New ESJ Board Chair Andrew Oland ‘Excited About the Future of Saint John’

SAINT JOHN – Moosehead Breweries president Andrew Oland is the new board chair of Enterprise Saint John (ESJ), the region’s economic development agency announced Thursday.

Oland takes over the position as board chair effective immediately. The move comes at the time of other notable changes at ESJ, including the addition of new CEO Ron Gaudet as well as four recently appointed board members, Louis Labelle, Cathy Simpson, Andy McPherson and Sue Harley.

Oland, who was already on the board, said he accepted the offer to become board chair as a way to give back to a city he’s passionate about.

“I’m honoured to be asked to be the new chair of Enterprise Saint John. I’m very passionate about Saint John as both a resident and a business owner in greater Saint John,” Oland told Huddle. “I’m excited about the future of Saint John.”

Oland says ESJ’s plays a role in stimulating economic growth in the city on several fronts.

“We’re really looking at five areas: Telling the greater Saint John story; helping existing businesses to grow; attracting new businesses to the city, retaining and attracting people and workers, and developing a culture of entrepreneurship,” said Oland.

“ESJ has limited resources, so we can’t do all things for all people, but within that broad list of activities, we’ll fine tune from there, develop a plan and go forward.”

He says his experience of running Moosehead will help the organization stay realistic with its goals.

“In my experience, it’s all about people working together to solve problems and to create opportunities. I think that when you’re thinking of developing a plan for a community, just as important as what you want to do is what you’re not going to do,” said Oland. “Because you can’t do everything. I’m going to try to make sure that what we set out to achieve is going to be realistic and possible to achieve.”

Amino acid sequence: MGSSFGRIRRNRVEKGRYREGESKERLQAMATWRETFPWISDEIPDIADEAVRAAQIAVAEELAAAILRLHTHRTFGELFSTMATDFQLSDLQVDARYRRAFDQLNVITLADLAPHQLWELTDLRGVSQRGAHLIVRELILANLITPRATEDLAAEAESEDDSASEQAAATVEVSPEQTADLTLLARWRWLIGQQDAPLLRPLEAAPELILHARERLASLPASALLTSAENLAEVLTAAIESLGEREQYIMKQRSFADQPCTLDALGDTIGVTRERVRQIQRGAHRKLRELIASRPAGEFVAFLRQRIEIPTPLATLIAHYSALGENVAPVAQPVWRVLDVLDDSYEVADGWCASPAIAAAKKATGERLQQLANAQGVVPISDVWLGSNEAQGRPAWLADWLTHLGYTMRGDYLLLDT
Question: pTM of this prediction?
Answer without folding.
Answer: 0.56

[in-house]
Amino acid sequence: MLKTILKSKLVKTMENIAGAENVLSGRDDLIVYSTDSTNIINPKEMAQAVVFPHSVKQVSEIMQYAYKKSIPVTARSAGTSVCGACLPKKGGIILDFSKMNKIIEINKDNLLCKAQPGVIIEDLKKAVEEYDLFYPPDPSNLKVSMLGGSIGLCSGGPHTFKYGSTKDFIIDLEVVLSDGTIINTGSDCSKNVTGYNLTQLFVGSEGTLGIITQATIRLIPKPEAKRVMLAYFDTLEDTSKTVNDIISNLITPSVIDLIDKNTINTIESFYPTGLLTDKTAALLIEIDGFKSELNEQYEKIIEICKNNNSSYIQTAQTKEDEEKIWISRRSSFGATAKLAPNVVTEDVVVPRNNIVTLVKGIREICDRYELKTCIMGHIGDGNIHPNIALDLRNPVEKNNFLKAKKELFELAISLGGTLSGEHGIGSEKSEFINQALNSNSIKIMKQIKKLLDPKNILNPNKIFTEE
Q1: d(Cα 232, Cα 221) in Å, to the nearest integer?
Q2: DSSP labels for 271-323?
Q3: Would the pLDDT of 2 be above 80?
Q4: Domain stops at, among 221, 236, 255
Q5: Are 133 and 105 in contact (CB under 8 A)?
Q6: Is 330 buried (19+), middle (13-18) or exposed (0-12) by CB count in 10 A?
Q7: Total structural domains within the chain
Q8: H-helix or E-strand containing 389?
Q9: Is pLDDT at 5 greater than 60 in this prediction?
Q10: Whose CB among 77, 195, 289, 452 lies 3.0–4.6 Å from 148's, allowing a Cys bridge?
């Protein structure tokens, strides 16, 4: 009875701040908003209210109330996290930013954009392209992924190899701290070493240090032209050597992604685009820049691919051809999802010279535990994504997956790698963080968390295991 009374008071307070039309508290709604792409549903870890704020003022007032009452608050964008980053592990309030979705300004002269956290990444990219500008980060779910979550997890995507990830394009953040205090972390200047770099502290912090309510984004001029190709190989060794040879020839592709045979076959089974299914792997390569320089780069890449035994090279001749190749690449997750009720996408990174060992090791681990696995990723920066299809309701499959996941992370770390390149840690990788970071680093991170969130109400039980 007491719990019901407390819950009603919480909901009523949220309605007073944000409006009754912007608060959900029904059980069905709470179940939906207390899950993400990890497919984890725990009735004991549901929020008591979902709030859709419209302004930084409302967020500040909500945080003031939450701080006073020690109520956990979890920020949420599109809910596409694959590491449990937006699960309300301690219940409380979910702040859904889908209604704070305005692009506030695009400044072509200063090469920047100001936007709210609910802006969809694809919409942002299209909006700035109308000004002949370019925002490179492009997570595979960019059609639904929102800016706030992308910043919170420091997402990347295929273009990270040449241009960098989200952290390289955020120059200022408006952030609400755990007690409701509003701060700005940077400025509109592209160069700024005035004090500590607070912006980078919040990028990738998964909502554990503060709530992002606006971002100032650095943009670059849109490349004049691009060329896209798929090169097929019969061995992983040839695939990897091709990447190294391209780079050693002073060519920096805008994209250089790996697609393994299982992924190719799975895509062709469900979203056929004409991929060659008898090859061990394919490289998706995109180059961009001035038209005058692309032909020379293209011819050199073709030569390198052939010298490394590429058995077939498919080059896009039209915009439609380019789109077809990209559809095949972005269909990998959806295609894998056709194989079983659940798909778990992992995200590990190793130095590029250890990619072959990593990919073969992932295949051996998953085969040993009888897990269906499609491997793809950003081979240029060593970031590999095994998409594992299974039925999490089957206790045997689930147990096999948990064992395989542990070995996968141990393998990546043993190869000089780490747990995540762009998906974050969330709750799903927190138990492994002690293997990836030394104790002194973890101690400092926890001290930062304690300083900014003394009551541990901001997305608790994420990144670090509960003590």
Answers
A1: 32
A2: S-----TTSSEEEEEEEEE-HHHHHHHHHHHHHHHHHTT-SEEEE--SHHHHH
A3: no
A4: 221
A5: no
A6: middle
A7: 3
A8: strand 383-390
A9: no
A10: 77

Saint John has seen of gains over recent years, including the revitalization of the city’s uptown core and the desire for people of all ages to work and live there.

“If you reflected back 10 years ago in terms of greater Saint John, the biggest change, in my opinion, is today there is a vibrancy in the uptown. Young people and not-so-young people want to live and want to work in the uptown and we have a lovely uptown,” said Oland.

“That’s really encouraging to me because if you reflect back to 30 or 40 years ago, it was all about unemployment. Now it’s shifted and now there is a tremendous demand for talent. There’s a demand for workers and I’m excited that particularly young people want to live and work in uptown Saint John.”

But he does acknowledge the city still faces economic challenges, a big one being retaining and attracting skilled workers for the jobs that need to be filled.

“One of the challenges is retaining and attracting people. It’s far more competitive. Last time I checked, there were over 600 unfilled jobs advertised in Saint John, so it’s a talent attraction challenge,” said Oland. “Saint John is a relatively small community, there are all sorts of relatively small communities across North America and each one has to find its place and how it can be distinctive and how it can be successful.”

Yet Oland is confident that with collaboration, Enterprise Saint John can make real progress in tackling these types of challenges.

“I just think Saint John has so much going for it, whether it’s geographic location, quality of life, some very stable, core, long-term businesses which anchor the economy,” he said. “I’m confident when we work together as greater Saint Johners we will move forward.”

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